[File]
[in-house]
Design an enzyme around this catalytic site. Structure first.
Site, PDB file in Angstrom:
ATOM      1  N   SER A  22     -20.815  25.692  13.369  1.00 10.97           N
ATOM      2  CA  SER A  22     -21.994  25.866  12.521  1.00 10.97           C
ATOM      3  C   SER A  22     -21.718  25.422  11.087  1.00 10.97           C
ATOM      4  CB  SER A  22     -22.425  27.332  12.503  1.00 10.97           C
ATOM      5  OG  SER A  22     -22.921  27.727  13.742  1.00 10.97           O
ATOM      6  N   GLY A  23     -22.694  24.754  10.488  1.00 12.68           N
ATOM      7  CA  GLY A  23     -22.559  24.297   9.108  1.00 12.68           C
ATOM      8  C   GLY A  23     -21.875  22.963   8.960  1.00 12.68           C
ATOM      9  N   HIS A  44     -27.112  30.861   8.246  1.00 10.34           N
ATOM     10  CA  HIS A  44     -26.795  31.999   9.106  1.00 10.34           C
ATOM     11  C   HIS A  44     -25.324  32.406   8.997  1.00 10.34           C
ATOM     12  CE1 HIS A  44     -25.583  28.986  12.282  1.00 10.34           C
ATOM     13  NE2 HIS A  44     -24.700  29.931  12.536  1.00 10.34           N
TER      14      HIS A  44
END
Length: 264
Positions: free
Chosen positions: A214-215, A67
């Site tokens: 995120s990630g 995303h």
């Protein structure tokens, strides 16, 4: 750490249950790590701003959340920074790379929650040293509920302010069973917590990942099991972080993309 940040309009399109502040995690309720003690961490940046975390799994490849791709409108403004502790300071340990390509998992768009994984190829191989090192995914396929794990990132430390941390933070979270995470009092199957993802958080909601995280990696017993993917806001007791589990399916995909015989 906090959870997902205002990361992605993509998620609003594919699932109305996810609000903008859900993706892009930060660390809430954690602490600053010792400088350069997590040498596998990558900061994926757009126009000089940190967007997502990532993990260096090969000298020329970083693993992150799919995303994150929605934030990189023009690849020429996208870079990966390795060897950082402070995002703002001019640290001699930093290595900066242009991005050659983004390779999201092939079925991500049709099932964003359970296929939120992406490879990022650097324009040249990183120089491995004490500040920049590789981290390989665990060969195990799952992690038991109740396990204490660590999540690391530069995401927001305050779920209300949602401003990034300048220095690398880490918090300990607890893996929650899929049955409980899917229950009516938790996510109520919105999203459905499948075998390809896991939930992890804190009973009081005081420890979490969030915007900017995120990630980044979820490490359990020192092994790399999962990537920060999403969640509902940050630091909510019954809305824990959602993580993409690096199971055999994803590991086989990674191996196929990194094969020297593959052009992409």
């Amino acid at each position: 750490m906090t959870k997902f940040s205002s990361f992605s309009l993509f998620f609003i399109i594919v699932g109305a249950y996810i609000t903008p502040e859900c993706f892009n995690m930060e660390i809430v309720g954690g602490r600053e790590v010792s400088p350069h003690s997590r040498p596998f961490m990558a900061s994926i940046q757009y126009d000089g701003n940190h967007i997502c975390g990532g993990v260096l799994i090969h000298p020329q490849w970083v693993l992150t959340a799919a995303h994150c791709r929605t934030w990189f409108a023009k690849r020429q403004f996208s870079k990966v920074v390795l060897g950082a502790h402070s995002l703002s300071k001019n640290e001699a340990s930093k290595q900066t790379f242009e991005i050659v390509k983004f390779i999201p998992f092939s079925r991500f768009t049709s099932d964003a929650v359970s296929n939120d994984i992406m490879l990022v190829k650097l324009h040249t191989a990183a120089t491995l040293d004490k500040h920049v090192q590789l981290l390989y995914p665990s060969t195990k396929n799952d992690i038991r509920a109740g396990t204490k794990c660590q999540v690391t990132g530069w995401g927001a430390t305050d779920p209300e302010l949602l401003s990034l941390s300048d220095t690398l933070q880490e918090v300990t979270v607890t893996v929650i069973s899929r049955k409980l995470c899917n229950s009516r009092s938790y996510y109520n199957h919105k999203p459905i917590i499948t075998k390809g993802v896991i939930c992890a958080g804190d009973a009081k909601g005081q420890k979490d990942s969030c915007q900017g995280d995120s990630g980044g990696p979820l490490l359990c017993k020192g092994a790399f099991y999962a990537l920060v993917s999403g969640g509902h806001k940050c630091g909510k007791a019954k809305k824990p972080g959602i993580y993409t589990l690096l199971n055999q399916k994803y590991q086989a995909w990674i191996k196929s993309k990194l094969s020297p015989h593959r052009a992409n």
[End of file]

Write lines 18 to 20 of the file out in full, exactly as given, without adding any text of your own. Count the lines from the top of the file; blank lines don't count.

END
Length: 264
Positions: free